Tag Archives: holidays

Operation Warmheart: Airmen helping Airmen during the holidays

By Tech. Sgt. Steve Grever
Air Force Public Affairs Agency

It’s amazing to see our Airmen and families come together to help those less fortunate in our communities. Their charitable spirit isn’t only for those outside the base, but for Airmen, families and civilians we team up with every day – our Air Force family.

One incredibly rewarding program many Airmen support is Operation Warmheart. This non-profit organization distributes charitable donations to service members and their families all year long, and disperses a majority of its funding during the holiday season.

In 2014, there have been many creative ways Airmen serving at bases around the globe have raised money and volunteered to organize Operation Warmheart fundraising events. Here are just a few examples of how Airmen have come together to help those in need this year.

Continue reading Operation Warmheart: Airmen helping Airmen during the holidays

Do’s and dont’s for holiday gifts

By Staff Sgt. Jarrod Chavana
Air Force Public Affairs Agency Social Media Division

The holiday season is a time of laughter, and for those on the nice list, goodies and gifts. Lucky families who want to show affection for their Airmen should keep in mind the do’s and don’ts of holiday gifting. Although many Airmen made the nice list and will receive plenty of holiday treats for their efforts, your thoughtful gifts can quickly put them on the Air Force’s naughty list. The service’s version of the naughty or nice list can be found in AFI 36-2903, Dress and Appearance, and we’ve compiled a list of points to consider while shopping for your Airman this holiday season.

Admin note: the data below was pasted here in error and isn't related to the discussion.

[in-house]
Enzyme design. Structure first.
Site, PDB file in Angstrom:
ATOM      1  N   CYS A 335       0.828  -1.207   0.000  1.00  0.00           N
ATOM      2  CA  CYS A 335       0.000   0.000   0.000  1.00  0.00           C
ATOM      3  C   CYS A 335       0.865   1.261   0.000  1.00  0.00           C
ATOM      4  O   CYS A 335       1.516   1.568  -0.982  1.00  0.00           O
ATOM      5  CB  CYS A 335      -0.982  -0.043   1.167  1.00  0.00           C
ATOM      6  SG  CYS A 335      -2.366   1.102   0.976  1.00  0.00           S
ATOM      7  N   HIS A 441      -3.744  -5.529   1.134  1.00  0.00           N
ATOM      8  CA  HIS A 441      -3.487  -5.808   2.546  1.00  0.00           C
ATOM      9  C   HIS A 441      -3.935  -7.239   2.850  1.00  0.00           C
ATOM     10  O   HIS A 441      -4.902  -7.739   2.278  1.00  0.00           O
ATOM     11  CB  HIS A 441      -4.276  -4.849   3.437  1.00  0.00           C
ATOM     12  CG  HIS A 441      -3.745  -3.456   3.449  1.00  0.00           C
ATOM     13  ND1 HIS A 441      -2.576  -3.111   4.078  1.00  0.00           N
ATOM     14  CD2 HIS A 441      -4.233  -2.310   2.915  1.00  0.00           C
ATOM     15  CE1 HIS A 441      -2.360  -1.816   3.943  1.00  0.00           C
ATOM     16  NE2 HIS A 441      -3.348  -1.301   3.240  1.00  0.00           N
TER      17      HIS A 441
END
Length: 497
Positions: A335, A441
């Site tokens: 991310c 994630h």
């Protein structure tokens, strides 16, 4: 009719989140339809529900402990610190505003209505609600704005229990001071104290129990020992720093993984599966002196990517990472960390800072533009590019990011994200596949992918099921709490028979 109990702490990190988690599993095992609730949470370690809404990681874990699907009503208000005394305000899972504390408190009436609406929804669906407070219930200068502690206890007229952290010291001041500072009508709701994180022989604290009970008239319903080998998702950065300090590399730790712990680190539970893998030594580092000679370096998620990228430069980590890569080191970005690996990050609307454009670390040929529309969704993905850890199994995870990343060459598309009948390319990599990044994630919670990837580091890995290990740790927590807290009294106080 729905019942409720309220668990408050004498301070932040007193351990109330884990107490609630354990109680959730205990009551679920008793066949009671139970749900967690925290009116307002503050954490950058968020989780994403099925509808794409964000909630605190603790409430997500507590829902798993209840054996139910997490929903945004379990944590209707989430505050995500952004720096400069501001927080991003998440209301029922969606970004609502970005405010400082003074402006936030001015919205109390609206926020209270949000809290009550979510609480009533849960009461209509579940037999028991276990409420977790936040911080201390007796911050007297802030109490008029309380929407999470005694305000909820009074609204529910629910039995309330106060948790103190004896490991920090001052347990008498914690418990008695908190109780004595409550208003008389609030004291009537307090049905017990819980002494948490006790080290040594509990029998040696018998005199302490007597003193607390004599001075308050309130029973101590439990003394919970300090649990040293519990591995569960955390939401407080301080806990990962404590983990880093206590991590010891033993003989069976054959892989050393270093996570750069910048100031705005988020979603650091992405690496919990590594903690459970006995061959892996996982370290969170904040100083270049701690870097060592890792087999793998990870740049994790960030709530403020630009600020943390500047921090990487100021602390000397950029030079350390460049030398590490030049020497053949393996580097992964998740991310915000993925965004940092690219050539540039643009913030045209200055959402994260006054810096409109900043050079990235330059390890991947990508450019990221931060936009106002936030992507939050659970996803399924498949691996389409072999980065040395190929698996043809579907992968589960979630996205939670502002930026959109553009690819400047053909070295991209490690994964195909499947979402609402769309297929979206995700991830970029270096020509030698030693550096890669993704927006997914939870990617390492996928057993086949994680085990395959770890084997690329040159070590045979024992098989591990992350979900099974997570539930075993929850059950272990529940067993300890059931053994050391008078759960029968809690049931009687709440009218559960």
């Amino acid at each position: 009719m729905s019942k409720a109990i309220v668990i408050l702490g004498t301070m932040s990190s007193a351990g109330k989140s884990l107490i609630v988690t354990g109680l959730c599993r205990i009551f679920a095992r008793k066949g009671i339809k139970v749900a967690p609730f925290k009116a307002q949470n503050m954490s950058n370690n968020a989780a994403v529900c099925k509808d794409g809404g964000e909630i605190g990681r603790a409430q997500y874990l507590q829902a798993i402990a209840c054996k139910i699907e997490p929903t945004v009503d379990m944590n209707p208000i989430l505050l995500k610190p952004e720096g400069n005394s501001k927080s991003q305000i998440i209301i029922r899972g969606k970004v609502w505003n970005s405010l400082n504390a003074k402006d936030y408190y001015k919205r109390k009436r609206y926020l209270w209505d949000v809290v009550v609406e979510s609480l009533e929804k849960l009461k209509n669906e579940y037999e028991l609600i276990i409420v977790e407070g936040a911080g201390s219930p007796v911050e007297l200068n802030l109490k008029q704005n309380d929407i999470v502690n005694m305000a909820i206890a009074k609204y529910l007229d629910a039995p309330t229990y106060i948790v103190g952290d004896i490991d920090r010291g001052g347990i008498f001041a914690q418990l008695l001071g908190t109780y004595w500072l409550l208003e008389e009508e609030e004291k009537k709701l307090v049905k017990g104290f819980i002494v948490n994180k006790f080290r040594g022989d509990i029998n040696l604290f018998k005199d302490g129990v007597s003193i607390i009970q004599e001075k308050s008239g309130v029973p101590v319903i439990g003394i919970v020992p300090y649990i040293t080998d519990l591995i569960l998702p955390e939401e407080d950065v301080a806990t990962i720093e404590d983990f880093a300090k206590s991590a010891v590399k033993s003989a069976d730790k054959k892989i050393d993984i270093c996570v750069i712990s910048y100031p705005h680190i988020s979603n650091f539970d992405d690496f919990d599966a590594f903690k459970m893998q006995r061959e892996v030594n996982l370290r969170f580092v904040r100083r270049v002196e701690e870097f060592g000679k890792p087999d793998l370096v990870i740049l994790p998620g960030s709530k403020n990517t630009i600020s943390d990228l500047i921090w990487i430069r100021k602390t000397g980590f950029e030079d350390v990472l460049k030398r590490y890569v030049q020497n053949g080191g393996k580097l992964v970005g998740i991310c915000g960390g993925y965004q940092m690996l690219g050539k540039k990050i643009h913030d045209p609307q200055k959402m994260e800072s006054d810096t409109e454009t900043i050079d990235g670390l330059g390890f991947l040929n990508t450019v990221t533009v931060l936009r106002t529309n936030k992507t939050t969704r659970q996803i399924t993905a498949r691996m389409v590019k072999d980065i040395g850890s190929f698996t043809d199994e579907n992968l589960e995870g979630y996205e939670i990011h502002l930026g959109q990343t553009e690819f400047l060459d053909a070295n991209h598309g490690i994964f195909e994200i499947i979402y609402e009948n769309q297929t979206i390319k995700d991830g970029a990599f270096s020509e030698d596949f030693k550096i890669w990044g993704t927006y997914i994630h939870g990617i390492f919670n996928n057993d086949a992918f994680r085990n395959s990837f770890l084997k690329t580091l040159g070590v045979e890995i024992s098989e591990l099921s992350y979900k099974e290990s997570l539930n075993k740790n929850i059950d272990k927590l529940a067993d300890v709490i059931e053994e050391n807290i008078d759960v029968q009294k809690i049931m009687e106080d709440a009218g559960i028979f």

1. Tattoos/brands/body markings- What happens in Vegas is supposed to stay in Vegas, but that giant, late-night tattoo will remain. You can give the gift of a tattoo, but make sure it’s within regulations.



2. Running shoes- Although there may be a kaleidoscope of sneaker colors available, those individuals aiming high must remain conservative and ensure bright colors and excessive ornamentation are left for their civilian attire.  We are the U.S. Air Force after all– how much flashier do we need to be?


AFI 36-2903

3. Sunglasses – Even though they block the sun, movie star glam is frowned upon. Speaking of holiday spirit and movie stars, past Airmen have included Jimmy Stewart and, ahem, Chuck Norris. Please choose plain black, gold, silver or brown shades for your Airman.



4. Hair color- If you’re going to treat your Airman to a new do, remember hair color can only be brown, blond, brunette, natural red, black or grey if it’s natural. Who says the military doesn’t provide options?



5. Duffle/backpacks- Although these items are always great gifts, they must be black or blue for your Airman to carry them in uniform. By the way, hitting a general officer with your bag while trying to salute is only funny on T.V. Carry it on your left side.



6. Phone covers- While in uniform, an Airman’s cell phone case can only be two colors — blue or black. Who doesn’t like a little bling, bling on a cell phone case? Um, the Air Force.

Looking out for your wingman during the holidays

By Staff Sgt. Jarrod Chavana
Air Force Public Affairs Agency

111208-F-SM817-001Editor’s Note: This is the first entry in a blog series on dealing with holiday stress, strengthening resiliency and linking Airmen to support networks and resources. Airmen are encouraged to seek help and know that they have an Air Force family ready to listen and provide support in times of need.

The holidays are meant to be cheerful, but for some Airmen it can be the most stressful time of the year. As it is most often a time spent with friends and family, this season can be a magnifier for those individuals with existing emotional or psychological issues.

Although we signed the dotted line and chose this life, it’s never easy to be away from loved ones. In 2009, I spent Christmas deployed to Iraq, while my pregnant wife and family were on the other side of the world. Even though I was able to watch my daughters open presents over the Internet, it wasn’t quite the same. For many Airmen, Soldiers, Sailors and Marines, this has become a common place, but for others this can be the last straw.